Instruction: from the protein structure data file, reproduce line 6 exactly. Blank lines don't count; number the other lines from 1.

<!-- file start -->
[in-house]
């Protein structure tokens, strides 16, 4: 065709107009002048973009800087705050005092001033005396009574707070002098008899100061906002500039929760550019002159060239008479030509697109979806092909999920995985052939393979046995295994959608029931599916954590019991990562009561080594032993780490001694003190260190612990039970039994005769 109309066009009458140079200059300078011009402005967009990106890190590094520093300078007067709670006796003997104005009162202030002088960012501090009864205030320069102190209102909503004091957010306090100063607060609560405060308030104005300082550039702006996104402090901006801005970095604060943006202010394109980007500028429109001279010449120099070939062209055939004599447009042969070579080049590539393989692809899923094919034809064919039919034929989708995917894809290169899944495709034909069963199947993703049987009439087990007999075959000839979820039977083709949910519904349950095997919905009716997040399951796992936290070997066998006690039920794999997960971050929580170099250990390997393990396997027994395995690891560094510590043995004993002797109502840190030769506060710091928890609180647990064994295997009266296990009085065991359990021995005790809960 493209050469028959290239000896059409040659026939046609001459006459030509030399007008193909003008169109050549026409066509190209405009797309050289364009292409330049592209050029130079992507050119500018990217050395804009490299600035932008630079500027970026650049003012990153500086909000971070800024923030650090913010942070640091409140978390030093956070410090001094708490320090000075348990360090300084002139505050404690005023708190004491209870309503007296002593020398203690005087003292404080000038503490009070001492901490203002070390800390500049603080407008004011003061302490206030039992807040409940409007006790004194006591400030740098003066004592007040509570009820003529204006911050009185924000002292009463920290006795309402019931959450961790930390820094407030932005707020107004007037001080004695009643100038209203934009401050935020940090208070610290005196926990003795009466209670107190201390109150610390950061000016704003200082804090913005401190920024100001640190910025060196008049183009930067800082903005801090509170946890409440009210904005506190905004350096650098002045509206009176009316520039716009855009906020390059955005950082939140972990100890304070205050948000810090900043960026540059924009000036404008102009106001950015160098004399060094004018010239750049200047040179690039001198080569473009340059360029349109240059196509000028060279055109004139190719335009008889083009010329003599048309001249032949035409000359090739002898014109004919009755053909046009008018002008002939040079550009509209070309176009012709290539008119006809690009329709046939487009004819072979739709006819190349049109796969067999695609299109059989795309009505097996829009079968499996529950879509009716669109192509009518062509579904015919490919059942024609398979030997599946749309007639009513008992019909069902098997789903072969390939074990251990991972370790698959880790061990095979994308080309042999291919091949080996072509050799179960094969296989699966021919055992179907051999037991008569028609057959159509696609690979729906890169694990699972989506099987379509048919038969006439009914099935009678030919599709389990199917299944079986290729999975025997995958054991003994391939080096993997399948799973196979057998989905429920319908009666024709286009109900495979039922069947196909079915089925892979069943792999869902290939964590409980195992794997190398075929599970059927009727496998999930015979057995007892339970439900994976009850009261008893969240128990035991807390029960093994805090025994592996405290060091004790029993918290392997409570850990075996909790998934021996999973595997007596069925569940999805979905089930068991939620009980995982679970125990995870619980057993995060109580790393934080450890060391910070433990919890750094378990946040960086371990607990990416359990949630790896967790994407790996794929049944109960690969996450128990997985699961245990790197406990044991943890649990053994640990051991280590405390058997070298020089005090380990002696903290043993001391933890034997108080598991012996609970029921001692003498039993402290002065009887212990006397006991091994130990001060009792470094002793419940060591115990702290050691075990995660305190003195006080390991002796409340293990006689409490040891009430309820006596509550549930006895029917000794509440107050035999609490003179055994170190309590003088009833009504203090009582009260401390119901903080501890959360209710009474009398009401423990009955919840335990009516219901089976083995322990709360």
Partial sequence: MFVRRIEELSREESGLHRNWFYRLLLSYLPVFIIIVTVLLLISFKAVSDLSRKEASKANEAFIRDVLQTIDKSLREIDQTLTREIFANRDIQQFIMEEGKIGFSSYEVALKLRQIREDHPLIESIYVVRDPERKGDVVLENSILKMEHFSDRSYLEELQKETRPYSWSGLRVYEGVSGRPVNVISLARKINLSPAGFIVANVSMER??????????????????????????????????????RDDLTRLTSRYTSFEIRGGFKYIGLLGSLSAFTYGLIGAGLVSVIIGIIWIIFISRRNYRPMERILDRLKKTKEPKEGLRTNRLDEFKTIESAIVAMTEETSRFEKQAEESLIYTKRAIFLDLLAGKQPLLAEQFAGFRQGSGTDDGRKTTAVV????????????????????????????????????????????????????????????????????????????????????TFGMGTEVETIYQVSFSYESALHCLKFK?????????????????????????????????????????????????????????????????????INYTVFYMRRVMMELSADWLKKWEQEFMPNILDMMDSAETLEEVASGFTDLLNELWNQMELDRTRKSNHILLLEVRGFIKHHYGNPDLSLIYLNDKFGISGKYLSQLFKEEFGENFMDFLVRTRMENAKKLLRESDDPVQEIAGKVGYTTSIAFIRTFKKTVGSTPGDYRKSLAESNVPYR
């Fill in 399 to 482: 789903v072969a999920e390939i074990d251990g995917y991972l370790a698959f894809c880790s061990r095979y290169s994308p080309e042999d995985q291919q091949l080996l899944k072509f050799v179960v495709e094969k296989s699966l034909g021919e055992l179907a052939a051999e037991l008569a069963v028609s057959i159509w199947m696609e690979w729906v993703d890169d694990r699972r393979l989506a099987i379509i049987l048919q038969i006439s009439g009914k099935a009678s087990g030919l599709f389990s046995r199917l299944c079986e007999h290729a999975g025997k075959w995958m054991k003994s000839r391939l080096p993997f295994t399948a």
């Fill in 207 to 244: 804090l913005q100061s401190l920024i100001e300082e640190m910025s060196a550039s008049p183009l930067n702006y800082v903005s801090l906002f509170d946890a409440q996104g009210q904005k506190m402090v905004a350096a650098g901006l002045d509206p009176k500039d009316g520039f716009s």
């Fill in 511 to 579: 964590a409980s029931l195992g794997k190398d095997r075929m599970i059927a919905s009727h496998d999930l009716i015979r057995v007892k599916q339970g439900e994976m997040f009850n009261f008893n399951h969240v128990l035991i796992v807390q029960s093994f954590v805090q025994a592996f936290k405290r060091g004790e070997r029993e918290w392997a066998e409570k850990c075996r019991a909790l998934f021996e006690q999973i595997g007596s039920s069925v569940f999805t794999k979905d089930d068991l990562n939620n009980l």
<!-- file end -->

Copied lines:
């Fill in 511 to 579: 964590a409980s029931l195992g794997k190398d095997r075929m599970i059927a919905s009727h496998d999930l009716i015979r057995v007892k599916q339970g439900e994976m997040f009850n009261f008893n399951h969240v128990l035991i796992v807390q029960s093994f954590v805090q025994a592996f936290k405290r060091g004790e070997r029993e918290w392997a066998e409570k850990c075996r019991a909790l998934f021996e006690q999973i595997g007596s039920s069925v569940f999805t794999k979905d089930d068991l990562n939620n009980l």